LAUREN GILGER: Ben, what's the political story here? Like, I mean, how surprising is this that some conservative Republicans are coming out for a tax hike, essentially? I mean is this just show that something has to be done in terms of education funding?

GILES: Well it was surprising enough when Sylvia Allen jumped on this bandwagon back in January. She said this is something that she'd been contemplating for three years but definitely hadn't acted on in three years. And she herself acknowledged, “I'm not one to advocate for tax increases.” So, surprising enough when the Snowflake Republican announced support for this, even more surprising when Kelli Ward announced it earlier this week. I mean this is the head of the state Republican Party going against the governor of Arizona, Doug Ducey, who said repeatedly and has campaigned on promises of never raising taxes or creating new taxes. And now the, you know, the face of the Republican Party is saying, let's go ahead and do this. It's been a big shock to, not just folks at the Capitol, but I mean even Kelli Ward told me earlier this week that she's received calls from the general public just wondering, “What the heck are you thinking?”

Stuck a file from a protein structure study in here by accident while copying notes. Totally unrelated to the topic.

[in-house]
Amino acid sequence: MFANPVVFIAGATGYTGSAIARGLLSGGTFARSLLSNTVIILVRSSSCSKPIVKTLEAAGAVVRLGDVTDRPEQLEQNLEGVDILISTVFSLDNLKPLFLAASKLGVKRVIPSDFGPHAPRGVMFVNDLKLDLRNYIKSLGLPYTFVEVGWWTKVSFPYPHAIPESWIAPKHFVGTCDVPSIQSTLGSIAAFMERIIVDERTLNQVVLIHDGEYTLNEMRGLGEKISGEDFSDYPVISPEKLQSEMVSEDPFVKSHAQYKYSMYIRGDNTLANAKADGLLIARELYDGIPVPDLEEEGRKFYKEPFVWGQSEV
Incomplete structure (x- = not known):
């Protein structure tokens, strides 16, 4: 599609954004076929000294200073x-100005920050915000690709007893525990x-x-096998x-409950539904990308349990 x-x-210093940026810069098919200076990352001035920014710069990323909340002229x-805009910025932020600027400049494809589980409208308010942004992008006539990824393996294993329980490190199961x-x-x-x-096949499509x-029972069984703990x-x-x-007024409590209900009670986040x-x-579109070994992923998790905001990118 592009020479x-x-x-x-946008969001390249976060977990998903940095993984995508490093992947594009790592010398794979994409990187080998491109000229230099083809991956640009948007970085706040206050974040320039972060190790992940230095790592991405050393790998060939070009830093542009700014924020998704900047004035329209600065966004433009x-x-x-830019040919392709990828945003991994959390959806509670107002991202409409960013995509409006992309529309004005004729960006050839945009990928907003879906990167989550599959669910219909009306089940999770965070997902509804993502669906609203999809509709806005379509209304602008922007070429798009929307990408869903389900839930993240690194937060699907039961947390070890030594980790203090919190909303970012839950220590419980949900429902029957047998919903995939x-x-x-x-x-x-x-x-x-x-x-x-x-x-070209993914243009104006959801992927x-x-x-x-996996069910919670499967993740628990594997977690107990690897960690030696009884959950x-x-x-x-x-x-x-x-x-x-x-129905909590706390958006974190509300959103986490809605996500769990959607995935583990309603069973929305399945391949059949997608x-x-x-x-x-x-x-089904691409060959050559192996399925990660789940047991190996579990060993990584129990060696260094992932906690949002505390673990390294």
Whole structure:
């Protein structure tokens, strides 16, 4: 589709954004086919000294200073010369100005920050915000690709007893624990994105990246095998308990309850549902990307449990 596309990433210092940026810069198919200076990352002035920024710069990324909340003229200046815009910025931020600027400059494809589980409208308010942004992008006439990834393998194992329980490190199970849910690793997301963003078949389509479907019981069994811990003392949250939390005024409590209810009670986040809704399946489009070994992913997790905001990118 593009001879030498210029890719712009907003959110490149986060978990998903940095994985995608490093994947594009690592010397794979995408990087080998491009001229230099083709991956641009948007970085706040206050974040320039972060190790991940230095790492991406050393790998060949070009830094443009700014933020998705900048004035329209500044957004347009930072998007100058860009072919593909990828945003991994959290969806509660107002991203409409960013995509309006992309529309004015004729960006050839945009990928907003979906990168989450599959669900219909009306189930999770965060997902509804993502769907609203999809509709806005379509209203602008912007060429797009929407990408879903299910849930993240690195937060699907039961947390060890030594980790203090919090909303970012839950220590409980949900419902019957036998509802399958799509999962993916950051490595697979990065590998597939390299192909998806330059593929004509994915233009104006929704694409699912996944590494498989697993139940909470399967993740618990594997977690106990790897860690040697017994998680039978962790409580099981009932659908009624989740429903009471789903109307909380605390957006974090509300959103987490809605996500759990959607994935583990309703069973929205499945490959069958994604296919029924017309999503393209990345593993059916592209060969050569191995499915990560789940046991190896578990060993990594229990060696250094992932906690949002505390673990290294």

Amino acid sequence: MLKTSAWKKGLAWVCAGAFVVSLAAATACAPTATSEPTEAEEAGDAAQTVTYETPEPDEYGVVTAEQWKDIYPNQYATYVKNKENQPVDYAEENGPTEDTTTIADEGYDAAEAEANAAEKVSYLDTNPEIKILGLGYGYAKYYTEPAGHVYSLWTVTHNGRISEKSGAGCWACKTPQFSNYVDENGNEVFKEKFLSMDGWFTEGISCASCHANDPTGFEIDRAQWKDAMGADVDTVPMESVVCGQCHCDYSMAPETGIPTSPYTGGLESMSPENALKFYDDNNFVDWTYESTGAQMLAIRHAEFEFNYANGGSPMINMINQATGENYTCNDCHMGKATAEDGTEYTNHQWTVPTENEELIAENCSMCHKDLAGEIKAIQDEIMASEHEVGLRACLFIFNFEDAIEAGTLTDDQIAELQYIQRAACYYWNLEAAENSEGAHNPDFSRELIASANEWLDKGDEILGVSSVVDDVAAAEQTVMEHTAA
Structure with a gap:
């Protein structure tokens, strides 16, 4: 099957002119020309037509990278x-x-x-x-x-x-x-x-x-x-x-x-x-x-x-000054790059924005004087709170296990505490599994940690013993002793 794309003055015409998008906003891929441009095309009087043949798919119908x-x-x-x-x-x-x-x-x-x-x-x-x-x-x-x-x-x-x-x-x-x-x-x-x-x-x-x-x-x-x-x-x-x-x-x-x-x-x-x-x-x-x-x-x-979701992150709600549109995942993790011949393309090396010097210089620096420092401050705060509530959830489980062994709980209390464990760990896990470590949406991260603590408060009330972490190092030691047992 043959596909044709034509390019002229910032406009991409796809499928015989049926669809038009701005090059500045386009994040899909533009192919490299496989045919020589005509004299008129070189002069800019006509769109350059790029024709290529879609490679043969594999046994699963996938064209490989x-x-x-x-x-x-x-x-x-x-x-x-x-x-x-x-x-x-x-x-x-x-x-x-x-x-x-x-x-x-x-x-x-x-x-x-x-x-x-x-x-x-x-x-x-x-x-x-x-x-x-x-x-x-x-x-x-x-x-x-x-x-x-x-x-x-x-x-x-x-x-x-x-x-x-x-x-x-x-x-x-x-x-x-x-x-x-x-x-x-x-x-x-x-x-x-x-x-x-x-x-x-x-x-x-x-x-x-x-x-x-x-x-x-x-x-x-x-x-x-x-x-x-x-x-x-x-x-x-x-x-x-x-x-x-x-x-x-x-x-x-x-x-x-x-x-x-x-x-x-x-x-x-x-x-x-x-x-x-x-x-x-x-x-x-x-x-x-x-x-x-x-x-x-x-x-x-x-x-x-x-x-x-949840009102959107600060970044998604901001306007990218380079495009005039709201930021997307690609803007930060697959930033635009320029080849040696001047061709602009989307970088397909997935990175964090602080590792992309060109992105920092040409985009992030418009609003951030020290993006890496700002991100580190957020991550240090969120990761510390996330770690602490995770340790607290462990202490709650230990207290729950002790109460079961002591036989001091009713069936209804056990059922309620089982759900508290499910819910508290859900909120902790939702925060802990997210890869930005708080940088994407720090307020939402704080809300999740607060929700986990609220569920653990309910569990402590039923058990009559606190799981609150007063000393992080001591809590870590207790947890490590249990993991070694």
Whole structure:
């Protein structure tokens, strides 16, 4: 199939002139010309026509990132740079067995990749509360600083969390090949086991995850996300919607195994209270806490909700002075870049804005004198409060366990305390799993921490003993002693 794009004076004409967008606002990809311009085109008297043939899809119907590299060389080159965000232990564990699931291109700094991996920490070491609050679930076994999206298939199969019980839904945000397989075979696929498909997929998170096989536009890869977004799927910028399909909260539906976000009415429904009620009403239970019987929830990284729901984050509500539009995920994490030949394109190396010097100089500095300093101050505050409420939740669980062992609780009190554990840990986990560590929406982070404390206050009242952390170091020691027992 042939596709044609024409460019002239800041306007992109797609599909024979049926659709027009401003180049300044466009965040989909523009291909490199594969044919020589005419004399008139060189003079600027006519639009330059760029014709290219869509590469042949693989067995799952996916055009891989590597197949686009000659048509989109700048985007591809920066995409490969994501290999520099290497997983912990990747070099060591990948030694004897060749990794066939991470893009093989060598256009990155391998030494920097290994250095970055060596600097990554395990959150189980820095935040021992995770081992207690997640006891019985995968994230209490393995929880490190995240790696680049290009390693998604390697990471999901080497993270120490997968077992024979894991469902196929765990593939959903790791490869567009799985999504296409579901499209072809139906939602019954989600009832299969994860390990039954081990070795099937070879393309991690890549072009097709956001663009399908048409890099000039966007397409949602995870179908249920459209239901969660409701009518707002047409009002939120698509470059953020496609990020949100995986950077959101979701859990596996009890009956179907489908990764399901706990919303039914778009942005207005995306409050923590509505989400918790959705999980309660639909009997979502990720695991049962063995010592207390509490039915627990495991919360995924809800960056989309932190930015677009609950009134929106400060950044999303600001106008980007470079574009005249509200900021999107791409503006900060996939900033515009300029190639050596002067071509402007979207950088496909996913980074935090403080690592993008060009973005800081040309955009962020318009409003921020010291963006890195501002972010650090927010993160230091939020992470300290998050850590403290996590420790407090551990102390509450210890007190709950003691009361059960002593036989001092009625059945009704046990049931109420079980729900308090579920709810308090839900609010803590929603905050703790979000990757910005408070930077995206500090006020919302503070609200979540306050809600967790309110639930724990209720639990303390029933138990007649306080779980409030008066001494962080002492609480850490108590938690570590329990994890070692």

GILGER: So are they trying to head off an effort that would be more substantial, a different kind of tax increase?

GILES: That is certainly a part of it. Now Republicans have decried an effort by the Invest in Education movement last summer that attempted to get an income tax hike on the ballot to help pay for education. Ward did say that this is, it's better to put forward an alternative and get this plan on the ballot, particularly if that Invest in Ed movement tries again, be it this summer or next summer, to collect signatures and get their own initiative on the 2020 ballot. They want something to compete. I also heard a lot of complaints about Republicans not getting any credit for what has occurred in education funding in the last couple of years. There have been some increases, obviously the 20% teacher pay raise plan that's being implemented last year and the next couple of years. It was kind of sour grapes over, you know, I heard from Allen and I heard from Ward, Republicans don't get credit for this type of stuff. So we want to get out ahead of this. We want to pitch this idea. We want people to view the Republican Party as the party of funding education.